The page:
KickSat Sprite deployment may not happen



An unexpected reset of the master clock on KickSat may mean that the deployment of the 104 Sprite satellites will not take place before the KickSat CubeSat burns up in the atmosphere.

Radio amateur Zac Manchester KD2BHC has posted this update:

First off, I’d like to sincerely thank all of you for your support over the past two years. KickSat has been a success up to this point because of you.

As those who’ve been keeping up with the telemetry data coming in from KickSat on our mailing list may have noticed, the packets we’ve been receiving have changed in the last couple of days. This was due to a hard reset of the “watchdog” microcontroller on KickSat – the sort of “reptile brain” of the satellite that manages turning on and off the rest of the subsystems and keeps the master clock. It appears the reset happened some time in the morning of Wednesday, April 30th. The reset doesn’t seem to be the result of power issues (the watchdog should run until the batteries reach 5.5 volts, and they’ve been holding steady around 6.5 volts). Instead, it seems the likely culprit was radiation.

KickSat Sprite satellites deployed - Image by Ben Bishop VK2FBRB

KickSat Sprite satellites deployed – Image by Ben Bishop VK2FBRB

One consequence of the watchdog reset on KickSat is that the spacecraft’s master clock was reset, thus also setting the deployment countdown for KickSat back to 16 days. That would put the deployment some time in the morning of May 16th. Unfortunately, it looks like KickSat will most likely reenter and burn up before the 16th. We’ve spent the last couple of days here at Cornell trying to think of every possible contingency, but it seems there aren’t very many options right now. KickSat’s uplink radio, which we could use to command the deployment, can’t turn on unless the batteries reach 8 volts, and it doesn’t look like they’ll reach that level in time.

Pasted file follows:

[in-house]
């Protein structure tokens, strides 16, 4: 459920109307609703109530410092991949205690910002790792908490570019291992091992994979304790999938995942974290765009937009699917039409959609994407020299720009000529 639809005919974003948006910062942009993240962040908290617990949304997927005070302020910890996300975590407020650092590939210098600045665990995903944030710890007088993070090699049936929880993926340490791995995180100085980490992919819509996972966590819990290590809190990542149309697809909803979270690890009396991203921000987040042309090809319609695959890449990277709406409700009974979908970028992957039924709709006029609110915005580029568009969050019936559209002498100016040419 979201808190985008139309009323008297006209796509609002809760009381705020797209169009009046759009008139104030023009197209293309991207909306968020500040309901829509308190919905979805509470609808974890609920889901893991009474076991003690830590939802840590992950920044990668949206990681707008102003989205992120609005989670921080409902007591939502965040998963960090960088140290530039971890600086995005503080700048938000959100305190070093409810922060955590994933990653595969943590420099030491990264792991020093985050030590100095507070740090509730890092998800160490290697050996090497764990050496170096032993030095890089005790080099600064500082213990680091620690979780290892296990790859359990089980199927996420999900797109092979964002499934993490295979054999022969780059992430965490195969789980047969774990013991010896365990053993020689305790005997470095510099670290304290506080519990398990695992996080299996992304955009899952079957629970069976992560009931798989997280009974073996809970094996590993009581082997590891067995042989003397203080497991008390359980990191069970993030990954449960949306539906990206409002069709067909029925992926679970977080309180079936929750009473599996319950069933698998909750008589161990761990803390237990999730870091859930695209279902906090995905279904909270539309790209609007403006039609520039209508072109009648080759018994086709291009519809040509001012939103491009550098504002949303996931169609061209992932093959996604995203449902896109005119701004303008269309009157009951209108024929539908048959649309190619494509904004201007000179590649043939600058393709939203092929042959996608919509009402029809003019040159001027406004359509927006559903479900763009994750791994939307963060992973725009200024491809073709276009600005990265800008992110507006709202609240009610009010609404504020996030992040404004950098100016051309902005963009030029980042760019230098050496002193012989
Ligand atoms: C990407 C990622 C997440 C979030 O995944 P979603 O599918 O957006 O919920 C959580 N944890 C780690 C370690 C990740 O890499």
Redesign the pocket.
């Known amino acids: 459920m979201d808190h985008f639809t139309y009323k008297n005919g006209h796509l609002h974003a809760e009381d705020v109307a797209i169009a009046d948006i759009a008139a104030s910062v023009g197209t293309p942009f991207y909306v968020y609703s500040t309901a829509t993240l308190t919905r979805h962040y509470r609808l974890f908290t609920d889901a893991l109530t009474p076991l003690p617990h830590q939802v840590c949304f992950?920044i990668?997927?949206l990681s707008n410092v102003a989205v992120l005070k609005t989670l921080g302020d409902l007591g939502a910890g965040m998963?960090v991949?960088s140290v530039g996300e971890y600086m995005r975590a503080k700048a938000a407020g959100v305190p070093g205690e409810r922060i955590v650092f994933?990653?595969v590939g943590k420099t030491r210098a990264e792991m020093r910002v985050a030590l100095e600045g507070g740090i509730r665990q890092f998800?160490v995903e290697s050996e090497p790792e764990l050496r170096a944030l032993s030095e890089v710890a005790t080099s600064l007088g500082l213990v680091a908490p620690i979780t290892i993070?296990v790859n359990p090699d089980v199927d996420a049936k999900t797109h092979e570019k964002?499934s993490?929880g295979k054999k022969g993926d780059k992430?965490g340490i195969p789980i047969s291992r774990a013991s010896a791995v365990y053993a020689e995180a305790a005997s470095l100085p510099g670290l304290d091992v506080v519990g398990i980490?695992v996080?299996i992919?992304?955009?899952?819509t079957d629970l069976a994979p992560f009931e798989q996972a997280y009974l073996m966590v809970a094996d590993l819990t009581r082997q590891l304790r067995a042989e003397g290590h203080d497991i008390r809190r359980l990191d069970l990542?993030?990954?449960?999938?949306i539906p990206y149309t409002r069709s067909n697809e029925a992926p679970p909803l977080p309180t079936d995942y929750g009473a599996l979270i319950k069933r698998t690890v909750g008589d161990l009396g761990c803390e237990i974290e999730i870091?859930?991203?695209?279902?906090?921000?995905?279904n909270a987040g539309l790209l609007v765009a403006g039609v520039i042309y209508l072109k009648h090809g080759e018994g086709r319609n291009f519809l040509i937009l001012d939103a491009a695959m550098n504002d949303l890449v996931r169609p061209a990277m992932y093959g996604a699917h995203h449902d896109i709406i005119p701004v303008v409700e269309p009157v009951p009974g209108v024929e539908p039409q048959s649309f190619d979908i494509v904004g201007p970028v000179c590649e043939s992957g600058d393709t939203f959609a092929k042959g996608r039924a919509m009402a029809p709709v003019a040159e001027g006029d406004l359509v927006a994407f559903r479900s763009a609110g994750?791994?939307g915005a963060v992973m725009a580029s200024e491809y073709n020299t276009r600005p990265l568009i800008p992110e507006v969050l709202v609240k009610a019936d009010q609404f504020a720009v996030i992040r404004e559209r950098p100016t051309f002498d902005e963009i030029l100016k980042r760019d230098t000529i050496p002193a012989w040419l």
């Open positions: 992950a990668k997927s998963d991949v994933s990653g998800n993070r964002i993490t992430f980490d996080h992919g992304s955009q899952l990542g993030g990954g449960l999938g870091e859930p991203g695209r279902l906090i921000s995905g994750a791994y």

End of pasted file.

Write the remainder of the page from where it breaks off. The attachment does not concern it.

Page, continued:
KickSat 437 MHz Sprite Satellite

KickSat 437 MHz Sprite Satellite

While the situation looks a little bleak, there is still some hope that the batteries may recharge sufficiently to command the satellite. There is also a small chance that KickSat could remain in orbit until the 16th, at which point the timer would set off the deployment as originally planned. We’ll continue tracking KickSat over the next few days with the help of the ham community, so that we can keep track of its battery voltage and the Sprite deployment status. I’ll post updates here, as usual, but you can also see the latest data as it comes in on our mailing list.

Thank you again for your support. I promise that this won’t be the end of the KickSat project.

– Zac

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